We arrived at our destination and were met by a host of Porters all transferring our baggage into the hotel. A brief introduction by Suchit (pronounced Soo Chit) about what we could expect from our holiday followed by the ritual of the hotel keys and the evening was free for relaxation. I took the opportunity to repack my gear, have a quick shower and meet the rest of the party over dinner. I found all to be extremely nice and all like-minded birdwatchers. We were all to get on famously.

The next morning, after an early breakfast, we checked out, loaded the baggage up and departed for Chitwan. The weather was a little poorer today, cloudy and overcast; misty and foggy, but the sun came out eventually and gave us some great views when we finally cleared the city limits. We had lots of time to appreciate the mountaineous area around us as we had come to a dead stop on the road. A traffic jam. Eventually we got going and wound our way down the mountain. The trip itself was quite an introduction to life on the road in Nepal. The roads themselves were an eye opener. Well, you could hardly call them roads - more akin to gravel tracks interspersed with lots of pot-holes. We barely made it over 30mph. Bouncing along, shaking my bones up and making my teeth rattle, passing at least one accident, I figured that this was going to be a long journey, so I settled in and debated whether to get my book out.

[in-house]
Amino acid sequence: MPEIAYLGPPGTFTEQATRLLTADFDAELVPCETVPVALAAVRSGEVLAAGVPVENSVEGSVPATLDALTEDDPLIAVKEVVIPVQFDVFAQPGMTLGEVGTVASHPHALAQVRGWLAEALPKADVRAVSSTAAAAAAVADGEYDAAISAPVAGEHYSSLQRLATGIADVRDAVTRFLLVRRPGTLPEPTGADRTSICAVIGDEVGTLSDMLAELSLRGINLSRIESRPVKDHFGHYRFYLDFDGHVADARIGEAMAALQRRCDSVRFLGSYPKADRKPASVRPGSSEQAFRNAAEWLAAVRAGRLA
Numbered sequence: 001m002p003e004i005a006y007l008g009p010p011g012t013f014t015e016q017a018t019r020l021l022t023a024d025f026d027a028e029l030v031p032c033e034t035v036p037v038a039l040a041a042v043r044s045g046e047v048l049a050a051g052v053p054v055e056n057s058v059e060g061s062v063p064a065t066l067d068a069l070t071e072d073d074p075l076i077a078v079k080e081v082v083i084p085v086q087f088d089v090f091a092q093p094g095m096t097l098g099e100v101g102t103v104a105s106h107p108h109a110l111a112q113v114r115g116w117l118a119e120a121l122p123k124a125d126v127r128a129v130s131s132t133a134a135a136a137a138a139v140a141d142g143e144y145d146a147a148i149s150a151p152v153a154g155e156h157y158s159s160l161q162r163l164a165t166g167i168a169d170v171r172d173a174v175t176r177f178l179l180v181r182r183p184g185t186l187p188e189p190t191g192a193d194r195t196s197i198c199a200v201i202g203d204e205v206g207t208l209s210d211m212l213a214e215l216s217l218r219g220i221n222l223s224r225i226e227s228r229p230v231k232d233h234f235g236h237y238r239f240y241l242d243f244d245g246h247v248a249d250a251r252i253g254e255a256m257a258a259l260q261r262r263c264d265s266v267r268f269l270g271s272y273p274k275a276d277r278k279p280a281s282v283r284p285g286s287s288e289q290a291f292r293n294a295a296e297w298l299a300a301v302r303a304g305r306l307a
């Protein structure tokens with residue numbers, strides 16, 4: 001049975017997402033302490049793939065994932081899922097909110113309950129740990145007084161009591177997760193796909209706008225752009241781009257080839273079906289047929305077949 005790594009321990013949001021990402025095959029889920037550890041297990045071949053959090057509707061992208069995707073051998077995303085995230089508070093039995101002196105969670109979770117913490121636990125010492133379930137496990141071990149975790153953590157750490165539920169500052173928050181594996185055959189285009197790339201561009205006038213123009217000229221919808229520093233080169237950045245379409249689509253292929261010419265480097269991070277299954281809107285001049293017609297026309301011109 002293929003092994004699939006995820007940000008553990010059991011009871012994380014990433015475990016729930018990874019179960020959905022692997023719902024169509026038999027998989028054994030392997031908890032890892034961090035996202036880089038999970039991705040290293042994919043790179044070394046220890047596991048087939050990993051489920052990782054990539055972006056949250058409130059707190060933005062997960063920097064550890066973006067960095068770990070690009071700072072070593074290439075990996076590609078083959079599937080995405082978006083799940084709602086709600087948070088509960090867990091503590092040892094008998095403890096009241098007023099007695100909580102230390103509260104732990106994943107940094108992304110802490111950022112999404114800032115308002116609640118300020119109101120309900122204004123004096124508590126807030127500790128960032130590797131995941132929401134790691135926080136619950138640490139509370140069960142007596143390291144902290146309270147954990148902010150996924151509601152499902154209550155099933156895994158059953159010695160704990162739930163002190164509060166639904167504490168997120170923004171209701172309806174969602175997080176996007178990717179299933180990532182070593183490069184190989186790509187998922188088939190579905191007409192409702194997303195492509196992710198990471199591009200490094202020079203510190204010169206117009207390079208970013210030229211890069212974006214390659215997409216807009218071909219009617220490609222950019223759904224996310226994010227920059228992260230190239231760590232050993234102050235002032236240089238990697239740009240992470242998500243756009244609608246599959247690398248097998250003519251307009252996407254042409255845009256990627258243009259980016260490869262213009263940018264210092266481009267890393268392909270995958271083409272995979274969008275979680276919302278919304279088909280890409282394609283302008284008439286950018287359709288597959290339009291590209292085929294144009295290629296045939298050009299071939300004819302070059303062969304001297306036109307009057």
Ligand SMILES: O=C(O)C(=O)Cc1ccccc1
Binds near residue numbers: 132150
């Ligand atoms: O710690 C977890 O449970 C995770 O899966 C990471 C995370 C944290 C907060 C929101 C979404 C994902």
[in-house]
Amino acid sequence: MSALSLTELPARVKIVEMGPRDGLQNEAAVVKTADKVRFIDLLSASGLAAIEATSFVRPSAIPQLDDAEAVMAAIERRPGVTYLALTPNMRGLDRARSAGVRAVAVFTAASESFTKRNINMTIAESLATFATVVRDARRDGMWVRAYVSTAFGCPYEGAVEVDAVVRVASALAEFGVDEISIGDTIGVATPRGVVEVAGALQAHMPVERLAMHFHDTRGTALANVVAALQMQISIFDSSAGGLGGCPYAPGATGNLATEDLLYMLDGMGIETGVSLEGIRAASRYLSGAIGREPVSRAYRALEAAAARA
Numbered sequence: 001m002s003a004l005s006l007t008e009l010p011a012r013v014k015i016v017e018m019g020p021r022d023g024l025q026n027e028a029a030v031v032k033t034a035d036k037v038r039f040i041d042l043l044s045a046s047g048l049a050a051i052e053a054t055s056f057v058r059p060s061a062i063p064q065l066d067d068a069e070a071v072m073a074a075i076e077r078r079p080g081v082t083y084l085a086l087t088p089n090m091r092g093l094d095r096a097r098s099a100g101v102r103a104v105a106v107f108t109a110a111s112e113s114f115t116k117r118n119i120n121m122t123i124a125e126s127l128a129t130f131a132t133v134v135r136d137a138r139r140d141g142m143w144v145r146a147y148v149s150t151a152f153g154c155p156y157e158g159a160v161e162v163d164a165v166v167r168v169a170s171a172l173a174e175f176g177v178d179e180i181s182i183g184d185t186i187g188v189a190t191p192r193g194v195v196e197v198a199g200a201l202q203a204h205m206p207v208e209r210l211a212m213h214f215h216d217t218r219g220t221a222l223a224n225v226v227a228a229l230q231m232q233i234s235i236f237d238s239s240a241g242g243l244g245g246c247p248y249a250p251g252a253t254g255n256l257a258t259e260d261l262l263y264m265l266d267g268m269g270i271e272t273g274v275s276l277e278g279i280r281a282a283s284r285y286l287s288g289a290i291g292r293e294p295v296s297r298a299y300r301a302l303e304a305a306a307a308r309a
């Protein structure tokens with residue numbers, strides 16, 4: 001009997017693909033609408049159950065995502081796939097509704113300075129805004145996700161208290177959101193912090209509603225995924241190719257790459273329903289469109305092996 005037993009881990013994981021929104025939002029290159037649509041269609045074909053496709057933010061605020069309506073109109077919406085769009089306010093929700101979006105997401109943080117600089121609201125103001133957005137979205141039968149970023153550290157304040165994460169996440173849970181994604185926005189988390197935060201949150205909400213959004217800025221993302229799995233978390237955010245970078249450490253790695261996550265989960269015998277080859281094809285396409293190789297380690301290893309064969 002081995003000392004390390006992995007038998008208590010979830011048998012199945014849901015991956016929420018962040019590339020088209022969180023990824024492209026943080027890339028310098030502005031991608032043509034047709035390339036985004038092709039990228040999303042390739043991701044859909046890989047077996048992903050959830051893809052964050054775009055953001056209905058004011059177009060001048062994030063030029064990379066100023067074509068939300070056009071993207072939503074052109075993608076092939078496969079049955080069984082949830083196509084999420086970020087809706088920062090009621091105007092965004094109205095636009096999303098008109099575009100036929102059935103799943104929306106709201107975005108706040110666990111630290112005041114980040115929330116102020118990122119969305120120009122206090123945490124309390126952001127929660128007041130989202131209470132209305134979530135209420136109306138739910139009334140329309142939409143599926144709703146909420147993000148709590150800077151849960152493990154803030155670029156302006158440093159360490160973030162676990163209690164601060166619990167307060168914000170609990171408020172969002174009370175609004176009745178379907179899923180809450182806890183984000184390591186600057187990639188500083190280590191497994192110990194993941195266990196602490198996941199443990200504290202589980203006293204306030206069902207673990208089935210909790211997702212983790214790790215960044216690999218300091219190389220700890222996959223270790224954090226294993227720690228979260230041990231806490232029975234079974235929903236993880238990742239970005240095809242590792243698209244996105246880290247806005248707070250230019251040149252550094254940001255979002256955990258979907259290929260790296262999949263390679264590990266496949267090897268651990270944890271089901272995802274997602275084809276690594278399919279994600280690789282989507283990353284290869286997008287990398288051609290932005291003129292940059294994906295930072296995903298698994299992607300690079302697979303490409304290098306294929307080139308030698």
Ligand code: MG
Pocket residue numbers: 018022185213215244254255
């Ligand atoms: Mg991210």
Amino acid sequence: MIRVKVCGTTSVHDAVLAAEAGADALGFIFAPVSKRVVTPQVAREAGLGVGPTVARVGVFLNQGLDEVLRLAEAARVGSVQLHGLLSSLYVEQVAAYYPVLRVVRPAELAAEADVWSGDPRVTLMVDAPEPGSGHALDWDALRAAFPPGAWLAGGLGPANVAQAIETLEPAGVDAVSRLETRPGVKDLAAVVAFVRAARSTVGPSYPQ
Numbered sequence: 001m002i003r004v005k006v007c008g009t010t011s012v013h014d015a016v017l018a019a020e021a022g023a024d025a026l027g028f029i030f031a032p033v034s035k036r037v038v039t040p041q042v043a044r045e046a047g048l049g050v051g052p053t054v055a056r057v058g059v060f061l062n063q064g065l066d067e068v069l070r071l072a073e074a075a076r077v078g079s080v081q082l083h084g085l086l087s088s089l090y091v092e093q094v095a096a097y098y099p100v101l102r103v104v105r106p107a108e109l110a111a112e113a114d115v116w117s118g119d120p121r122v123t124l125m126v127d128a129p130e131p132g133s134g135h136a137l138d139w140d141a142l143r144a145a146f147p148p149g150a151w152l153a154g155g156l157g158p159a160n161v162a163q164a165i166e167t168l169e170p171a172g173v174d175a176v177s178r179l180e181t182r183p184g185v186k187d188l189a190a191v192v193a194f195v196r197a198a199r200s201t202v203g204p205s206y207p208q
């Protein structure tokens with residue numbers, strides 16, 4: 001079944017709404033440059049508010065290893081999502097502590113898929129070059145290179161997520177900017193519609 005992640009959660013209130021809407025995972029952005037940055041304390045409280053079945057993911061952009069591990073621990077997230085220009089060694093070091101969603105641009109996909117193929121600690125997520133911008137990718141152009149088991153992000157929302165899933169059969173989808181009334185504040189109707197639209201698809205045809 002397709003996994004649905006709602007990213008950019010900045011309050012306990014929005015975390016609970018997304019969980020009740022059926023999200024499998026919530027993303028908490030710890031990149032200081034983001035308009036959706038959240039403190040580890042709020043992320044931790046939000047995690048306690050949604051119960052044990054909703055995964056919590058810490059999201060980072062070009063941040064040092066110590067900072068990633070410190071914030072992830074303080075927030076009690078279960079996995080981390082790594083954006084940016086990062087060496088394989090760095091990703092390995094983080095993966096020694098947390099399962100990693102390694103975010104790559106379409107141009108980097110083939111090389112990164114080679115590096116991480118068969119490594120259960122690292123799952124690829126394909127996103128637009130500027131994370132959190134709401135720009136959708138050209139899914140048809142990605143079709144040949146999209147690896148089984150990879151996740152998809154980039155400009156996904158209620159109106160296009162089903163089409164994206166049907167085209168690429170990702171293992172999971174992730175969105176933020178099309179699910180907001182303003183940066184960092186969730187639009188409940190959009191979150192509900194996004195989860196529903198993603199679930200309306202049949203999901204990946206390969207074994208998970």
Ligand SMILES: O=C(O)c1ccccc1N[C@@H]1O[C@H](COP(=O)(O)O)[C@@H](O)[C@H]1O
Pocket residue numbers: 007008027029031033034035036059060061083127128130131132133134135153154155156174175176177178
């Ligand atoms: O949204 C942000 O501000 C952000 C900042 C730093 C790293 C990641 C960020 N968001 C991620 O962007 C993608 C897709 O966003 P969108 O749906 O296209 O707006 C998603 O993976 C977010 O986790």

The only way to travel!
Red-vented Bulbul